OK, I know it’s not reasonable to expect anything different. After all, Trump hasn’t yet had a chance to implement new trade policies that would have any meaningful impact on our trade results. What he has done is meet with some leaders of nations who are among the worst offenders in terms of their trade surplus with the U.S.: Mexico, Japan and Germany, most notably. He meets with Chinese president Xi Jinping in a couple of days. Reportedly, he hasn’t pulled any punches so far in expressing his displeasure with the trade deficit and has vowed to take tough action (like a “border tax”) to change the situation. So, one thing we can say about the early evidence provided by the February trade results is that tough talk has absolutely no effect on trade results. (As if the trade results of past administrations aren’t sufficient evidence.)
In February, the deficit dipped slightly. Here’s a chart of the deficit in manufactured goods: Manf’d Goods Balance of Trade. As you can see, though the deficit dipped slightly from January, it remains stuck in the $55-62 billion range it’s been in for two years.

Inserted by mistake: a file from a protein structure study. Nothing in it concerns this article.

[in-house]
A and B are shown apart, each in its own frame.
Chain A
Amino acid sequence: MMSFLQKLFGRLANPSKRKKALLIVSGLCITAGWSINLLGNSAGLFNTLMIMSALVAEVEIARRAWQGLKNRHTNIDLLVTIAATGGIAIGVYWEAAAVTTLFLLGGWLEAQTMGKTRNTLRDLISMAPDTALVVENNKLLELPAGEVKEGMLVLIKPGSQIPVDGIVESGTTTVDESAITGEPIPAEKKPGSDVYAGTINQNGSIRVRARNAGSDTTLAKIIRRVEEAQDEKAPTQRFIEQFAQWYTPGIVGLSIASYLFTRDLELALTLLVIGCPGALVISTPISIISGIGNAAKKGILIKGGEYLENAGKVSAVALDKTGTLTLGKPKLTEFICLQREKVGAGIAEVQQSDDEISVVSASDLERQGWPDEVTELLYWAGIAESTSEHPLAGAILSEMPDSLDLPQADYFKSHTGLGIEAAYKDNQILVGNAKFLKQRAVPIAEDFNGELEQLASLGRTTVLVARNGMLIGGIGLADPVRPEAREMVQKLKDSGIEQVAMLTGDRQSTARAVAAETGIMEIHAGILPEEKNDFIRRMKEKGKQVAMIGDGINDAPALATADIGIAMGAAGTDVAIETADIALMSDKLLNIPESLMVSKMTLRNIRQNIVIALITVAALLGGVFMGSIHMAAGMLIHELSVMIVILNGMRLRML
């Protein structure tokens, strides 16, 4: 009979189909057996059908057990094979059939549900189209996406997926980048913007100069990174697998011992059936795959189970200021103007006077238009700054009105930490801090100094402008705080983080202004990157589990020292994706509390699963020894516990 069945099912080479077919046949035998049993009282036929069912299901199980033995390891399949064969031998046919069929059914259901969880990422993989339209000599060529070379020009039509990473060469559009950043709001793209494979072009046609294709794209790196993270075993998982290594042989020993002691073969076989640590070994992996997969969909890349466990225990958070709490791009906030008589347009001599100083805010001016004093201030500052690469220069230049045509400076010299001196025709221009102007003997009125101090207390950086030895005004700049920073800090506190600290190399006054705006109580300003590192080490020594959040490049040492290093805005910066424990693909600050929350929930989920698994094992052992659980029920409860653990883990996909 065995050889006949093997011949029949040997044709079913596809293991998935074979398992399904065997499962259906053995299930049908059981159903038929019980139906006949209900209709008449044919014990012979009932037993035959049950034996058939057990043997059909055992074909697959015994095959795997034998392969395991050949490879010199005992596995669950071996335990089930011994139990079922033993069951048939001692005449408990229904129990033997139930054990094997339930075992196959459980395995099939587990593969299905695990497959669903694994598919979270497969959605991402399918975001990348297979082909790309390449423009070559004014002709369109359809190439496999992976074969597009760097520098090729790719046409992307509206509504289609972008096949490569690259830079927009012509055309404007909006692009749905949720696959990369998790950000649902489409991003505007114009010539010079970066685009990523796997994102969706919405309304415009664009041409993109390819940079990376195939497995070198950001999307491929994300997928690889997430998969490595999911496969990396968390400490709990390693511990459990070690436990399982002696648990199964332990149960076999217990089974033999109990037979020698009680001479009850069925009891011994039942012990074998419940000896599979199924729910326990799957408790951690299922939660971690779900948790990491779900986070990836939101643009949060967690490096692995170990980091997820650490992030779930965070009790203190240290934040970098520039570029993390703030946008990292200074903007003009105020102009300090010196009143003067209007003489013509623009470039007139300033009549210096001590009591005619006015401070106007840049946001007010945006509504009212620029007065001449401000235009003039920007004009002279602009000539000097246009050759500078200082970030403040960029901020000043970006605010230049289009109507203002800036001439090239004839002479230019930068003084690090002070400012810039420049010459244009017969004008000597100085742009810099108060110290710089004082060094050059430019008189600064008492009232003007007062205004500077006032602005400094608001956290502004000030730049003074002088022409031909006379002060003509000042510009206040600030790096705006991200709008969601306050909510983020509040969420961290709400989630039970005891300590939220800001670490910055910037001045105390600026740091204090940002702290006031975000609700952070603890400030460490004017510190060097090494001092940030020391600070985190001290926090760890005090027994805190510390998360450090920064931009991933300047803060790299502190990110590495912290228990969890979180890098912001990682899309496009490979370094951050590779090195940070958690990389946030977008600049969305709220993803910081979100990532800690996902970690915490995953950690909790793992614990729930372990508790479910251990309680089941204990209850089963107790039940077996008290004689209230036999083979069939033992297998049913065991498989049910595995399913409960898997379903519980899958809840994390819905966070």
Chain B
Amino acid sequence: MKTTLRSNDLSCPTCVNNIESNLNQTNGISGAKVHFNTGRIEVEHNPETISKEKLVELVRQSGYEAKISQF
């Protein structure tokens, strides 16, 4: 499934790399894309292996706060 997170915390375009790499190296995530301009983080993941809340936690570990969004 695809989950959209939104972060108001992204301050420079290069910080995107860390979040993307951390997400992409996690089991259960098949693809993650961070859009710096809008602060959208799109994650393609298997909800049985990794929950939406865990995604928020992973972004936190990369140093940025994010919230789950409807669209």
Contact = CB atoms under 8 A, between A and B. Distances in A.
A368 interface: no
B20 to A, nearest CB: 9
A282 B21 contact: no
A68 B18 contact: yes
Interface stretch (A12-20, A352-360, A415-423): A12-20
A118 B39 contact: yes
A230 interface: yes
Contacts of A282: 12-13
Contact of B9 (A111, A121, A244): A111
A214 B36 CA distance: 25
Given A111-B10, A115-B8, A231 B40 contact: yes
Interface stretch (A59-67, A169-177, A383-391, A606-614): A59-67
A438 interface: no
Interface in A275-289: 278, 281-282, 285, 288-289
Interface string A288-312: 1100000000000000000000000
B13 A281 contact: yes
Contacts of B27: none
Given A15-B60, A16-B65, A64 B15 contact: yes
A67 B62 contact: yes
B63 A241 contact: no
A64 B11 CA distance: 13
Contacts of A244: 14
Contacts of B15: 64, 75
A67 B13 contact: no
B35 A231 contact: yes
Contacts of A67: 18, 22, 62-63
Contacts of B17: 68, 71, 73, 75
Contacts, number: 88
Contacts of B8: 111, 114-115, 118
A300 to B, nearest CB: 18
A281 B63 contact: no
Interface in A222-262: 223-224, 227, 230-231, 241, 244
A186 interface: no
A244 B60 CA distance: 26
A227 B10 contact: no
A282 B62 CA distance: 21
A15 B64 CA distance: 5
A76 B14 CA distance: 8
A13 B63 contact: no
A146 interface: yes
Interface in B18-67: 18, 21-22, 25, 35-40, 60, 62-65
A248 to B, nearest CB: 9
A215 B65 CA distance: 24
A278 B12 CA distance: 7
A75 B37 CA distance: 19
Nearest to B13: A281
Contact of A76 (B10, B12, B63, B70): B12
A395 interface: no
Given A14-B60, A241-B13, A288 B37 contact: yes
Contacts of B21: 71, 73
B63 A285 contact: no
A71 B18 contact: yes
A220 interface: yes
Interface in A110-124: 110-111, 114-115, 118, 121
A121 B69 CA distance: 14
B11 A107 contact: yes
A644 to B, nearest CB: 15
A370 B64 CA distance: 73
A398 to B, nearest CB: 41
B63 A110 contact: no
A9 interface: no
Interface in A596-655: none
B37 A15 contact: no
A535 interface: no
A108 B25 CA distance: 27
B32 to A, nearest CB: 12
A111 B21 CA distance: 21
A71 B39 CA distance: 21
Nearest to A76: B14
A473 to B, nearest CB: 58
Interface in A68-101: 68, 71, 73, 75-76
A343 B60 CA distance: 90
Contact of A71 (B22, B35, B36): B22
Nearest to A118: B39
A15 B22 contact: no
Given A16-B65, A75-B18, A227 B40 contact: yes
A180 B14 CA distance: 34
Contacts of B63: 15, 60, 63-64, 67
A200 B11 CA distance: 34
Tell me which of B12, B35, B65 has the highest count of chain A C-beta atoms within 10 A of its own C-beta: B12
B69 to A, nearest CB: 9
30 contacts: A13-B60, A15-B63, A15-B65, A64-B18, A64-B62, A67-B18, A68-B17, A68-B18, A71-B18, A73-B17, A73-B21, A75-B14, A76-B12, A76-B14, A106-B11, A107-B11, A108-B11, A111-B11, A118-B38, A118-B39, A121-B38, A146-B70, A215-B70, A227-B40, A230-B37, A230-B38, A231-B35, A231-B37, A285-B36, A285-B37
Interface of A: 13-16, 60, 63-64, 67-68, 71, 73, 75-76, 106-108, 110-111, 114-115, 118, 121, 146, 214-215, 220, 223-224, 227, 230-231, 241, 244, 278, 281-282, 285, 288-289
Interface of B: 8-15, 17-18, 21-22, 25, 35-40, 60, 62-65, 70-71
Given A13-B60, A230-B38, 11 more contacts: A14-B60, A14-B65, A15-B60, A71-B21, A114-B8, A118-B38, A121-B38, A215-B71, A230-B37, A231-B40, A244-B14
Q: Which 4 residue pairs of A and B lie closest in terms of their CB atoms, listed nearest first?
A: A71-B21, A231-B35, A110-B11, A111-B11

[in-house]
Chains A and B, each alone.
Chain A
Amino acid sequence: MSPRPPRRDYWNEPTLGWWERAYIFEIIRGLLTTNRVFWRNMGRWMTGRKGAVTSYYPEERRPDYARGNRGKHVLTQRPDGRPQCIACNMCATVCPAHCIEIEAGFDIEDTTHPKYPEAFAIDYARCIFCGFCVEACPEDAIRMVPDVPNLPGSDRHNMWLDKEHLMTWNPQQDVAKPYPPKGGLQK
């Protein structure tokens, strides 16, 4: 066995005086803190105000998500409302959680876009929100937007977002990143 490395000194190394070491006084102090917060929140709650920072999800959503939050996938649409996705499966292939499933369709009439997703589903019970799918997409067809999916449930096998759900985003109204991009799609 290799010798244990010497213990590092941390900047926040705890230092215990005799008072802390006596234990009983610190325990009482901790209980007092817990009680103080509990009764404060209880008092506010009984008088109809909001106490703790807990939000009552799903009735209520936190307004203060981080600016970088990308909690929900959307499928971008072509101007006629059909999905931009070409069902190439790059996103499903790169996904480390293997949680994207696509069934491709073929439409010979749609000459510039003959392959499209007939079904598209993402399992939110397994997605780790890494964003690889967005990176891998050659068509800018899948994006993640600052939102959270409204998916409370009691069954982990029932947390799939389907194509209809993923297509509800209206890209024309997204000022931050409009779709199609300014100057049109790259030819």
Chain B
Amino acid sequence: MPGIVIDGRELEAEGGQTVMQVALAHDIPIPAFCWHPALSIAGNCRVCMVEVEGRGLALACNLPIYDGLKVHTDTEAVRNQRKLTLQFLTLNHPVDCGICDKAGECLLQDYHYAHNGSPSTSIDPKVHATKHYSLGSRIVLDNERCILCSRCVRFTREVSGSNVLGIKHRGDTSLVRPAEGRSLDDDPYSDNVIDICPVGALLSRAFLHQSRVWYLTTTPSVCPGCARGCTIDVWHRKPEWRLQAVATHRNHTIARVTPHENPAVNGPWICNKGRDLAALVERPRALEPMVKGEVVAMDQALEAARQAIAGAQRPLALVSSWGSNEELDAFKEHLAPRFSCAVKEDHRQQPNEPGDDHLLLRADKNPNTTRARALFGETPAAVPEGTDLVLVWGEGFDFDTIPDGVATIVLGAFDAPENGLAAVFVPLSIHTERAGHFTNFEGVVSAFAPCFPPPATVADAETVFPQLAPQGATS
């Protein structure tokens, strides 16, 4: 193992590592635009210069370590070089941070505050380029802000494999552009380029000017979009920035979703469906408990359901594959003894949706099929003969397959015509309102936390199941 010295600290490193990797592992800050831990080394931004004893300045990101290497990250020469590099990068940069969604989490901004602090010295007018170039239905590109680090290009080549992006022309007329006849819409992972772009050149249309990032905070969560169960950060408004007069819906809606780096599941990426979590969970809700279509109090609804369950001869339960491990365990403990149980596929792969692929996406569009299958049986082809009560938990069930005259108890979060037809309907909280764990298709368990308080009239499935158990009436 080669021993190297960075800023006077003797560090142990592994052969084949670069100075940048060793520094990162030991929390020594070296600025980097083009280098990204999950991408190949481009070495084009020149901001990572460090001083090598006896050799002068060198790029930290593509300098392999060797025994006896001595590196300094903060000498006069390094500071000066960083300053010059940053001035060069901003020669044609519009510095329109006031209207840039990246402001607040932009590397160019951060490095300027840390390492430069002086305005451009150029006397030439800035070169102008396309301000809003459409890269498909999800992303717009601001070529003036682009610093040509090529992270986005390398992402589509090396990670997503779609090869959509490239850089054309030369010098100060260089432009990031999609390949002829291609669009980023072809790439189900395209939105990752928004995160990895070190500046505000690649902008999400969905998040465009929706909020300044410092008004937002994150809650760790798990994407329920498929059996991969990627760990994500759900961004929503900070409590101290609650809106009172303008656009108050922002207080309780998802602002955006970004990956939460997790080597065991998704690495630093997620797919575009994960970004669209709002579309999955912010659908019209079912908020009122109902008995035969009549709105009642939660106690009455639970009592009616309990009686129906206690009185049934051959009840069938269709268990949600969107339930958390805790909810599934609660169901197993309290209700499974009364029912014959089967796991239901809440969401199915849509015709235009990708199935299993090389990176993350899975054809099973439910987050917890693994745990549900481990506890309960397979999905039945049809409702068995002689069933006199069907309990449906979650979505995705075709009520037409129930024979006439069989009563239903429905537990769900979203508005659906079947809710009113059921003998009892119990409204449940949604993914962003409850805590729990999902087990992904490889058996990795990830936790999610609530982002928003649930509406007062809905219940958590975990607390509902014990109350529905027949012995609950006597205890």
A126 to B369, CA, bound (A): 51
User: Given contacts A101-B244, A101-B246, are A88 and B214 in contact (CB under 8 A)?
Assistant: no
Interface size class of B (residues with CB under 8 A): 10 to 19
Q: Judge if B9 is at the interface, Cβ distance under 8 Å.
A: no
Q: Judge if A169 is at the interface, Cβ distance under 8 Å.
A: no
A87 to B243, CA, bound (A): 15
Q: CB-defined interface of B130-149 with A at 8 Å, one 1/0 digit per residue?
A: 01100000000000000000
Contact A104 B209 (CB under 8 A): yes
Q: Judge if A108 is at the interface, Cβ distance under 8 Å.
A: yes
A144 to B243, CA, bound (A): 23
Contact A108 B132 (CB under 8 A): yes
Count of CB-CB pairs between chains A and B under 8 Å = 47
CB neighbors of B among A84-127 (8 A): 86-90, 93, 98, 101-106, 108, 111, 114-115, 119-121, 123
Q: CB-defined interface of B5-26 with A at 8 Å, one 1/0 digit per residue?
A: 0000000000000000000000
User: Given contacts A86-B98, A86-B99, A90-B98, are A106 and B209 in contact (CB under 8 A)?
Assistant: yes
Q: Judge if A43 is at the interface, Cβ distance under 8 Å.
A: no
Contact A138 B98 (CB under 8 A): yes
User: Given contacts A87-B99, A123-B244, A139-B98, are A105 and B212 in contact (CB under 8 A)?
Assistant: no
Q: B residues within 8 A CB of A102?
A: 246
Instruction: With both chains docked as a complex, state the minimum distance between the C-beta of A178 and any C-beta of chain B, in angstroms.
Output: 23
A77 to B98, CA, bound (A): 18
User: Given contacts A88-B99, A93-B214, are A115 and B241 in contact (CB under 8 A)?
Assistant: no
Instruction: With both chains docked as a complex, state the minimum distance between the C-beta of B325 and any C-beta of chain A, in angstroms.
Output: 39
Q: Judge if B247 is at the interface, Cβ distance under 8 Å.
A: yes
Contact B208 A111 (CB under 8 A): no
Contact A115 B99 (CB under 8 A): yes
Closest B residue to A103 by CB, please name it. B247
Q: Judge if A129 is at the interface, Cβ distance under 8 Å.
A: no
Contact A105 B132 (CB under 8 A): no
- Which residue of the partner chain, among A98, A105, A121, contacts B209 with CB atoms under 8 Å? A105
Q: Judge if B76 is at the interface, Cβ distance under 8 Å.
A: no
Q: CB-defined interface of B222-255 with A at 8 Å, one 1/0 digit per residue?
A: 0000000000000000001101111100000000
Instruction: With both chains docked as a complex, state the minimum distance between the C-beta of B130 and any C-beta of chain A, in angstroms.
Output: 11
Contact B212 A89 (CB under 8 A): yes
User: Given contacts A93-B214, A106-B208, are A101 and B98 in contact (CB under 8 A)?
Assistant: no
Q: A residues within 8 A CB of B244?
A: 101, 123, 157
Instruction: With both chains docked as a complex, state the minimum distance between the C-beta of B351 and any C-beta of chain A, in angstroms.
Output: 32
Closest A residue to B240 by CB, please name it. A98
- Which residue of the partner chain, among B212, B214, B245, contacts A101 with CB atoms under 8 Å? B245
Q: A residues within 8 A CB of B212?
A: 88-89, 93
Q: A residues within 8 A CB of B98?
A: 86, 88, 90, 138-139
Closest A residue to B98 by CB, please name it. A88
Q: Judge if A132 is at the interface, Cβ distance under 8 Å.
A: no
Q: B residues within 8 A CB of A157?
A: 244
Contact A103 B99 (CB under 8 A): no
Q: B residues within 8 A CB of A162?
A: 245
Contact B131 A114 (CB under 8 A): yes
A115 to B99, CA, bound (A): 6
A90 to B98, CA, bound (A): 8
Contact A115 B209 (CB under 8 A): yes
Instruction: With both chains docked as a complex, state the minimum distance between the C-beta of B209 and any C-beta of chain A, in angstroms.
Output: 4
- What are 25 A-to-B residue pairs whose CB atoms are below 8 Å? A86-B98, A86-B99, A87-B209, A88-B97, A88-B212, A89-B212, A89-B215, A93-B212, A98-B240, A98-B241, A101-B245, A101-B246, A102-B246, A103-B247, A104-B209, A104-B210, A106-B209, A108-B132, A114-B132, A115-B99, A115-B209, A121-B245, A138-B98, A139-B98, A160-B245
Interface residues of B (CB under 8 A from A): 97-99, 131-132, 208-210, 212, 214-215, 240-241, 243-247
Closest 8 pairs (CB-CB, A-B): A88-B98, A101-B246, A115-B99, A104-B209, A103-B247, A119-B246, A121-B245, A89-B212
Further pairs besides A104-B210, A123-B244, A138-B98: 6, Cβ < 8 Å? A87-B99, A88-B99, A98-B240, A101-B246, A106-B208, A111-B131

As time goes on, I grow more nervous that Trump will cop out on the trade issue just as Obama did, as more and more meetings with world leaders and business leaders try to convince him of the intangible, unquantifiable benefits of free trade. It worked on Obama. Hopefully, they’ll find Trump a tougher nut to crack. Time will tell. If there is no border tax in Trump’s tax overhaul plan, we’ll know that he caved to the pressure. We’re watching, President Trump. You can kiss your supporters goodbye if you don’t come through on this campaign promise.